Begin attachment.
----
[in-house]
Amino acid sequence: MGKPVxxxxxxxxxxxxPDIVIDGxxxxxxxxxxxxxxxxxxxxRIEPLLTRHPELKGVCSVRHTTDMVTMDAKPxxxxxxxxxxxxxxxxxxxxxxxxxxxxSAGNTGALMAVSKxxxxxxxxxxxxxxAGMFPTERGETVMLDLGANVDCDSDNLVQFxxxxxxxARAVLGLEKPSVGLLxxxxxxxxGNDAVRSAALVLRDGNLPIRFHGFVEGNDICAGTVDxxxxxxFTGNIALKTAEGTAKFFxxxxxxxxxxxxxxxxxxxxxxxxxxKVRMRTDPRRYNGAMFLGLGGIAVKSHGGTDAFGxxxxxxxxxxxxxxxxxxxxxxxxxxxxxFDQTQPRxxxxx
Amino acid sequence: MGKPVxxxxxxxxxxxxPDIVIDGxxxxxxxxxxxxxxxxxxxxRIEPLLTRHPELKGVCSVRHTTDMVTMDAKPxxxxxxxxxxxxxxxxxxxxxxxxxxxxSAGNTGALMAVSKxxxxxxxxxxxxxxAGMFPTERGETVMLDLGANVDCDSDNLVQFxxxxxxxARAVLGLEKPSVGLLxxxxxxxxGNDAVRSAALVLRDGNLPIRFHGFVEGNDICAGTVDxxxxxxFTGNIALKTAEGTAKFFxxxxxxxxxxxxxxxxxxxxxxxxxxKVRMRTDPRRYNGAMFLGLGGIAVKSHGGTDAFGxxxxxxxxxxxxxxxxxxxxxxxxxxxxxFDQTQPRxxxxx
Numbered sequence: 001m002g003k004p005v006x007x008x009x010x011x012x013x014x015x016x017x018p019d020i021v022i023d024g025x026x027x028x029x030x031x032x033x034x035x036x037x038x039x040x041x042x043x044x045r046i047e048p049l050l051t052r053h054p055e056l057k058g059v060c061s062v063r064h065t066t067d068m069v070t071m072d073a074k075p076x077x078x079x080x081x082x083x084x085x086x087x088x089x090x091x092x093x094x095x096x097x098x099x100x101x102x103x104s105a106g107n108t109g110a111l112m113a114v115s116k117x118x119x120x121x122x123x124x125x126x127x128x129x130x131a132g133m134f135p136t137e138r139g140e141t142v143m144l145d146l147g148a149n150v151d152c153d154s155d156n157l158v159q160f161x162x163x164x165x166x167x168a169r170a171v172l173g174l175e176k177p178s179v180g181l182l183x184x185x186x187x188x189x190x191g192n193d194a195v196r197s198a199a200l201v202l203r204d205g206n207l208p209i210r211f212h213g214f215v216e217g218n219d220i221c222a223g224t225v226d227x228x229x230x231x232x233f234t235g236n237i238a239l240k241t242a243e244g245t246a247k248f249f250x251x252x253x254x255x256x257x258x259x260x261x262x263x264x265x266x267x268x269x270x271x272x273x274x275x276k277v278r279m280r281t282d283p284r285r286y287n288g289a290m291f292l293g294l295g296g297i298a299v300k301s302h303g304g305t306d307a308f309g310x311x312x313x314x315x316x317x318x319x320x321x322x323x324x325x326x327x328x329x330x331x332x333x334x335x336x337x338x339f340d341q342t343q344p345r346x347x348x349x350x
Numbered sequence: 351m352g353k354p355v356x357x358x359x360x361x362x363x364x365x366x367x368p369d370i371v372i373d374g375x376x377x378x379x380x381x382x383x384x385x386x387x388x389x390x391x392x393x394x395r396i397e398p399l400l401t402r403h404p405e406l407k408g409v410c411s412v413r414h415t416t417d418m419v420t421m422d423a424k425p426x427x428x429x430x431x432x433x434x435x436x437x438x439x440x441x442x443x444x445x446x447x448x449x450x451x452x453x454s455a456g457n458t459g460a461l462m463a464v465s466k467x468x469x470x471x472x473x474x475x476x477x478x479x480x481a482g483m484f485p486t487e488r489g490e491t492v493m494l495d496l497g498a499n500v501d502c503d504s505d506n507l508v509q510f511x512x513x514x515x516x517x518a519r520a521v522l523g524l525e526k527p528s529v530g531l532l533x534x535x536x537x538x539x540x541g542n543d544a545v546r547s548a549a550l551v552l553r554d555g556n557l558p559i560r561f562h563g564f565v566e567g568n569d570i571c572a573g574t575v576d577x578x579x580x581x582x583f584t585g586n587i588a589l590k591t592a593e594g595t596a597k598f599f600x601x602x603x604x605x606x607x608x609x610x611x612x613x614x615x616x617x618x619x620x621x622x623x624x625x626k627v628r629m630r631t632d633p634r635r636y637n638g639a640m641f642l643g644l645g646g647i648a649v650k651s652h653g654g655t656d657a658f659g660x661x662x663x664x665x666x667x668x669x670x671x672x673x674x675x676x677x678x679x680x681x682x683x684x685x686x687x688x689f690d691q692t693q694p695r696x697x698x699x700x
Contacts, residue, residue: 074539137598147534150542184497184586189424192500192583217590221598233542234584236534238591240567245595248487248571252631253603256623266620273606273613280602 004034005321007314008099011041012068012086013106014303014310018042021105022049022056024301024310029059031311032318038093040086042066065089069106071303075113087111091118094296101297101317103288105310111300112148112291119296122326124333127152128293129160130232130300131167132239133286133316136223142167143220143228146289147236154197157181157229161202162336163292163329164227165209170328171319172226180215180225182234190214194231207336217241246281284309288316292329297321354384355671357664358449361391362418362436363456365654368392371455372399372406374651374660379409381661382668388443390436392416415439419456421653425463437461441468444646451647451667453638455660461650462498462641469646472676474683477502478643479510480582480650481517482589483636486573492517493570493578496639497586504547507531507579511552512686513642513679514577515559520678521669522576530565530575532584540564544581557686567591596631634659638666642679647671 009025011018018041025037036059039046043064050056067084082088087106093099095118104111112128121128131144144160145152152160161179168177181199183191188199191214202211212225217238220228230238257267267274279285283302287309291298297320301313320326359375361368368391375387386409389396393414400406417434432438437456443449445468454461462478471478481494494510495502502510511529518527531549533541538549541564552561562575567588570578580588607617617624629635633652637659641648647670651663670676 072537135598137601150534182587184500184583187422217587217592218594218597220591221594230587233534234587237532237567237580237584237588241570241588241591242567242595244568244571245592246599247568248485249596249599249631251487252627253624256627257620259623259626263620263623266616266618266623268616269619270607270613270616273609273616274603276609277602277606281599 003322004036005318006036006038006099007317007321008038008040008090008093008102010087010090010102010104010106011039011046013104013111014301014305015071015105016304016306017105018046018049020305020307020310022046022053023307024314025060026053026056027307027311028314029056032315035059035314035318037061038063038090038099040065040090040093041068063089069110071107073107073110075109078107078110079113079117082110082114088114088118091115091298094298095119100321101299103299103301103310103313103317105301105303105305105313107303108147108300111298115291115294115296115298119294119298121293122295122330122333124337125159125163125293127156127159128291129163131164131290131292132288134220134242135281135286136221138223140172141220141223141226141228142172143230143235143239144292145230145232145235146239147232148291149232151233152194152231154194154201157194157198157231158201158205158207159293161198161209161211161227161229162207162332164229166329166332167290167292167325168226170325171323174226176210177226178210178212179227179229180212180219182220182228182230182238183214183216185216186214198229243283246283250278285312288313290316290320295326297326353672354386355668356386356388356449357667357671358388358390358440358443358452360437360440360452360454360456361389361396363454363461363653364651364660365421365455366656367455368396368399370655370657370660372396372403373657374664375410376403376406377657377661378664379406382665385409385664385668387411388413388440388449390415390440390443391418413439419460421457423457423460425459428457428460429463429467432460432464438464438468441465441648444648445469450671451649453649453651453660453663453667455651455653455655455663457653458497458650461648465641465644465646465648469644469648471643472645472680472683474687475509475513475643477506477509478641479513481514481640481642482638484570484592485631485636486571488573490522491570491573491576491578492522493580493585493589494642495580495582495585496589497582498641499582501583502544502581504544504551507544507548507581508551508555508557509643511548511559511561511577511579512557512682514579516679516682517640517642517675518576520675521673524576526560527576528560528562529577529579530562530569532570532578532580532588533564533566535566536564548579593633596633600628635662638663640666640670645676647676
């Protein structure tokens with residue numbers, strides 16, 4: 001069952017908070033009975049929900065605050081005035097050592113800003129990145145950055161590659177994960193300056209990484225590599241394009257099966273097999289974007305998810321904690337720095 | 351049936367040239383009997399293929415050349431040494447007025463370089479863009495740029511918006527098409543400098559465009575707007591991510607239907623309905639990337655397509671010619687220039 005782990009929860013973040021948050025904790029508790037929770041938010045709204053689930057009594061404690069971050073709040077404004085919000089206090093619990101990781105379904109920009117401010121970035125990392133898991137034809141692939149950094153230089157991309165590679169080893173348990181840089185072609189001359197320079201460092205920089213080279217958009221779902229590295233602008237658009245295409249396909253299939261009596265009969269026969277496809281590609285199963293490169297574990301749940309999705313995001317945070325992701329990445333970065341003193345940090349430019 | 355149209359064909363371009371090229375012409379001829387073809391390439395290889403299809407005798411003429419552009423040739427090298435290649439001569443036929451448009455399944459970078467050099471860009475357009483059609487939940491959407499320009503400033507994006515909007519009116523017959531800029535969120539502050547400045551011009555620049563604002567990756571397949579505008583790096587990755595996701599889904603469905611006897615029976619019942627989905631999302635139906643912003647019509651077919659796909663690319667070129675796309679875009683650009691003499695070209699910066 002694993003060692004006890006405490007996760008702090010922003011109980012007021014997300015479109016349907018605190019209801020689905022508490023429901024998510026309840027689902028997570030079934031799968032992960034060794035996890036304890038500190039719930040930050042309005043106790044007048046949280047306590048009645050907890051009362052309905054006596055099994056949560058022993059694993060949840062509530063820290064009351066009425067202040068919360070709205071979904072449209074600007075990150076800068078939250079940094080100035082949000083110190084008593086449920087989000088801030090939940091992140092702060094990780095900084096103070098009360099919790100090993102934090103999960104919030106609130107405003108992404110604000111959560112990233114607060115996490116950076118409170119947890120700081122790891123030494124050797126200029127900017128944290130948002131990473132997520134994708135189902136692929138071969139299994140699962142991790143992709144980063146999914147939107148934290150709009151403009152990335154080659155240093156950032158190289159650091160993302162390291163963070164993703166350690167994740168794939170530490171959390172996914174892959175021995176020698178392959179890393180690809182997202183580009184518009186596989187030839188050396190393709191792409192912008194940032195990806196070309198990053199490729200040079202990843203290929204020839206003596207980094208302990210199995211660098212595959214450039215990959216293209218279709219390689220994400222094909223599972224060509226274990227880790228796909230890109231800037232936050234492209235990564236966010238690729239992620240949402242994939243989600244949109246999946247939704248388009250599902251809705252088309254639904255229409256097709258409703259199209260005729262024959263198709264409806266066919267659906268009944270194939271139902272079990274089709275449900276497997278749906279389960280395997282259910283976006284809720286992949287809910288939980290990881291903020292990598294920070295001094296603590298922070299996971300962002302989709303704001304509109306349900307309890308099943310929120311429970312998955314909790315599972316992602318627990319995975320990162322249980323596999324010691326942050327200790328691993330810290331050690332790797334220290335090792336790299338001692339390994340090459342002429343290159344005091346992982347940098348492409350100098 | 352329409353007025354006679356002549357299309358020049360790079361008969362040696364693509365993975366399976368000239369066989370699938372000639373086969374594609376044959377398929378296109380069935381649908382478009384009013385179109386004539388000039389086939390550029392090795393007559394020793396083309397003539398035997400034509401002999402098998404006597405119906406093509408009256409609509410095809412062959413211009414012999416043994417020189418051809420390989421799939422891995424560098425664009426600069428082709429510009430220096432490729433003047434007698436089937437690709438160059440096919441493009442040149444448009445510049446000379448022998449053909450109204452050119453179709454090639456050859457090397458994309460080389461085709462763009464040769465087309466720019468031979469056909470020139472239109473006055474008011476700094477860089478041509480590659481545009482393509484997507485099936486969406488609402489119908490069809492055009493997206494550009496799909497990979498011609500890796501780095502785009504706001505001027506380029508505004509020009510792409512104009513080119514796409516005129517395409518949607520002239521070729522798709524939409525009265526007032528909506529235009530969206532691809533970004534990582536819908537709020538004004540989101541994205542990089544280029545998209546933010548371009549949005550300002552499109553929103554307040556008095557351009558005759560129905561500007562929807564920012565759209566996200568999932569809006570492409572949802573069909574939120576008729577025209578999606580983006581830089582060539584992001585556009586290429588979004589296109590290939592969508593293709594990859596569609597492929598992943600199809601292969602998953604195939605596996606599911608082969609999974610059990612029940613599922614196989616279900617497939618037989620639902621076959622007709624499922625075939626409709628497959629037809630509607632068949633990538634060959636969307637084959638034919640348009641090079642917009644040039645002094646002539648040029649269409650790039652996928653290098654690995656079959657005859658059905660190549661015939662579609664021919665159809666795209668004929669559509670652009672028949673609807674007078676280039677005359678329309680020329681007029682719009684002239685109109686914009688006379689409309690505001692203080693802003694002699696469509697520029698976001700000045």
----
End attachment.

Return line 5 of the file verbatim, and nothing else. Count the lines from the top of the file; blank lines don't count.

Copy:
Numbered sequence: 351m352g353k354p355v356x357x358x359x360x361x362x363x364x365x366x367x368p369d370i371v372i373d374g375x376x377x378x379x380x381x382x383x384x385x386x387x388x389x390x391x392x393x394x395r396i397e398p399l400l401t402r403h404p405e406l407k408g409v410c411s412v413r414h415t416t417d418m419v420t421m422d423a424k425p426x427x428x429x430x431x432x433x434x435x436x437x438x439x440x441x442x443x444x445x446x447x448x449x450x451x452x453x454s455a456g457n458t459g460a461l462m463a464v465s466k467x468x469x470x471x472x473x474x475x476x477x478x479x480x481a482g483m484f485p486t487e488r489g490e491t492v493m494l495d496l497g498a499n500v501d502c503d504s505d506n507l508v509q510f511x512x513x514x515x516x517x518a519r520a521v522l523g524l525e526k527p528s529v530g531l532l533x534x535x536x537x538x539x540x541g542n543d544a545v546r547s548a549a550l551v552l553r554d555g556n557l558p559i560r561f562h563g564f565v566e567g568n569d570i571c572a573g574t575v576d577x578x579x580x581x582x583f584t585g586n587i588a589l590k591t592a593e594g595t596a597k598f599f600x601x602x603x604x605x606x607x608x609x610x611x612x613x614x615x616x617x618x619x620x621x622x623x624x625x626k627v628r629m630r631t632d633p634r635r636y637n638g639a640m641f642l643g644l645g646g647i648a649v650k651s652h653g654g655t656d657a658f659g660x661x662x663x664x665x666x667x668x669x670x671x672x673x674x675x676x677x678x679x680x681x682x683x684x685x686x687x688x689f690d691q692t693q694p695r696x697x698x699x700x